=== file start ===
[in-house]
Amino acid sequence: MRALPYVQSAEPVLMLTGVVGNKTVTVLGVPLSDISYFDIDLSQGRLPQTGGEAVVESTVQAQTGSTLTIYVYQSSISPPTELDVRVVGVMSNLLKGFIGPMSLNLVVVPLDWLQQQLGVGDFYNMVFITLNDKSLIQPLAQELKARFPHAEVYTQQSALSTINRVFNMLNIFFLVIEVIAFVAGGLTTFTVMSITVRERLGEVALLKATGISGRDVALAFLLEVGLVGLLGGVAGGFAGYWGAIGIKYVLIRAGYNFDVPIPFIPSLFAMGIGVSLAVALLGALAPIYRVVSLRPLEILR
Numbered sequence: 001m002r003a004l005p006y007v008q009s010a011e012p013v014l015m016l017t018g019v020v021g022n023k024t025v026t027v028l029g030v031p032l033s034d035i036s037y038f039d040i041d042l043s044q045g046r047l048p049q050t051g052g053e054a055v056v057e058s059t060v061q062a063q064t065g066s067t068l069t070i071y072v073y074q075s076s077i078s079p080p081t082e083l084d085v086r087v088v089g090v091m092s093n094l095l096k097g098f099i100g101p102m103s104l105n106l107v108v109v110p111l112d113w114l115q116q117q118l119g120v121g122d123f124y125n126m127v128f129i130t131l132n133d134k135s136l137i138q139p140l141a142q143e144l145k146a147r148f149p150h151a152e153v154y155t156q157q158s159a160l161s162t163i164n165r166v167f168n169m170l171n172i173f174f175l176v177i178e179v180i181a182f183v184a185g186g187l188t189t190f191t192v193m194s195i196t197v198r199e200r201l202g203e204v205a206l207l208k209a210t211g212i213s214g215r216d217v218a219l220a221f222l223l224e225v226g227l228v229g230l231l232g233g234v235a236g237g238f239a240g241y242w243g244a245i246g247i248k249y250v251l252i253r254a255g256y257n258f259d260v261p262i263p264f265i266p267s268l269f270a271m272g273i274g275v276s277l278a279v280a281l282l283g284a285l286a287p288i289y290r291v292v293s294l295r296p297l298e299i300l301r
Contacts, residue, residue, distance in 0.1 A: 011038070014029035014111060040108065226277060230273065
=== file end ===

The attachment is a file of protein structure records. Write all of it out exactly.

[in-house]
Amino acid sequence: MRALPYVQSAEPVLMLTGVVGNKTVTVLGVPLSDISYFDIDLSQGRLPQTGGEAVVESTVQAQTGSTLTIYVYQSSISPPTELDVRVVGVMSNLLKGFIGPMSLNLVVVPLDWLQQQLGVGDFYNMVFITLNDKSLIQPLAQELKARFPHAEVYTQQSALSTINRVFNMLNIFFLVIEVIAFVAGGLTTFTVMSITVRERLGEVALLKATGISGRDVALAFLLEVGLVGLLGGVAGGFAGYWGAIGIKYVLIRAGYNFDVPIPFIPSLFAMGIGVSLAVALLGALAPIYRVVSLRPLEILR
Numbered sequence: 001m002r003a004l005p006y007v008q009s010a011e012p013v014l015m016l017t018g019v020v021g022n023k024t025v026t027v028l029g030v031p032l033s034d035i036s037y038f039d040i041d042l043s044q045g046r047l048p049q050t051g052g053e054a055v056v057e058s059t060v061q062a063q064t065g066s067t068l069t070i071y072v073y074q075s076s077i078s079p080p081t082e083l084d085v086r087v088v089g090v091m092s093n094l095l096k097g098f099i100g101p102m103s104l105n106l107v108v109v110p111l112d113w114l115q116q117q118l119g120v121g122d123f124y125n126m127v128f129i130t131l132n133d134k135s136l137i138q139p140l141a142q143e144l145k146a147r148f149p150h151a152e153v154y155t156q157q158s159a160l161s162t163i164n165r166v167f168n169m170l171n172i173f174f175l176v177i178e179v180i181a182f183v184a185g186g187l188t189t190f191t192v193m194s195i196t197v198r199e200r201l202g203e204v205a206l207l208k209a210t211g212i213s214g215r216d217v218a219l220a221f222l223l224e225v226g227l228v229g230l231l232g233g234v235a236g237g238f239a240g241y242w243g244a245i246g247i248k249y250v251l252i253r254a255g256y257n258f259d260v261p262i263p264f265i266p267s268l269f270a271m272g273i274g275v276s277l278a279v280a281l282l283g284a285l286a287p288i289y290r291v292v293s294l295r296p297l298e299i300l301r
Contacts, residue, residue, distance in 0.1 A: 011038070014029035014111060040108065226277060230273065